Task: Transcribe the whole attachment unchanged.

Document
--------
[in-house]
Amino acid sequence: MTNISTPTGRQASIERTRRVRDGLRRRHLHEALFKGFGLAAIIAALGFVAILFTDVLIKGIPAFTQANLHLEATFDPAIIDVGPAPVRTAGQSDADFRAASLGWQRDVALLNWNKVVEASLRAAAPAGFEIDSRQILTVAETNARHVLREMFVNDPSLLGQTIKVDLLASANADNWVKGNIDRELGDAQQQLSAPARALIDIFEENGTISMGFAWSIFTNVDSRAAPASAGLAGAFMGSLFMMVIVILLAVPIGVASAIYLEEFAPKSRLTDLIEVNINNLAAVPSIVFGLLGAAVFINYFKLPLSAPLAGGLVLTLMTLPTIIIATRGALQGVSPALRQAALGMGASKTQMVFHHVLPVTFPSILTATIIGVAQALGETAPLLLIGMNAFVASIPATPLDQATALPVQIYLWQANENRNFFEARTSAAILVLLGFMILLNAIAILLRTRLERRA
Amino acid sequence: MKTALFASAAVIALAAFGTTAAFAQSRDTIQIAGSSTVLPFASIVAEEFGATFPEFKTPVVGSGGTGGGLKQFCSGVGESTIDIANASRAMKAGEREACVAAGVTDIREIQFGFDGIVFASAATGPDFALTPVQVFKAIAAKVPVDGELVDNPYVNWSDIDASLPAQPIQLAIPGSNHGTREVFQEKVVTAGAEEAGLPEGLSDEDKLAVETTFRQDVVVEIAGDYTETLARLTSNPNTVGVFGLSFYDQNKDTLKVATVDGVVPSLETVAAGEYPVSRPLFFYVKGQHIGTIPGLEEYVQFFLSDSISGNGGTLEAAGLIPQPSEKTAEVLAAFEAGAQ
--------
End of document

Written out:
[in-house]
Amino acid sequence: MTNISTPTGRQASIERTRRVRDGLRRRHLHEALFKGFGLAAIIAALGFVAILFTDVLIKGIPAFTQANLHLEATFDPAIIDVGPAPVRTAGQSDADFRAASLGWQRDVALLNWNKVVEASLRAAAPAGFEIDSRQILTVAETNARHVLREMFVNDPSLLGQTIKVDLLASANADNWVKGNIDRELGDAQQQLSAPARALIDIFEENGTISMGFAWSIFTNVDSRAAPASAGLAGAFMGSLFMMVIVILLAVPIGVASAIYLEEFAPKSRLTDLIEVNINNLAAVPSIVFGLLGAAVFINYFKLPLSAPLAGGLVLTLMTLPTIIIATRGALQGVSPALRQAALGMGASKTQMVFHHVLPVTFPSILTATIIGVAQALGETAPLLLIGMNAFVASIPATPLDQATALPVQIYLWQANENRNFFEARTSAAILVLLGFMILLNAIAILLRTRLERRA
Amino acid sequence: MKTALFASAAVIALAAFGTTAAFAQSRDTIQIAGSSTVLPFASIVAEEFGATFPEFKTPVVGSGGTGGGLKQFCSGVGESTIDIANASRAMKAGEREACVAAGVTDIREIQFGFDGIVFASAATGPDFALTPVQVFKAIAAKVPVDGELVDNPYVNWSDIDASLPAQPIQLAIPGSNHGTREVFQEKVVTAGAEEAGLPEGLSDEDKLAVETTFRQDVVVEIAGDYTETLARLTSNPNTVGVFGLSFYDQNKDTLKVATVDGVVPSLETVAAGEYPVSRPLFFYVKGQHIGTIPGLEEYVQFFLSDSISGNGGTLEAAGLIPQPSEKTAEVLAAFEAGAQ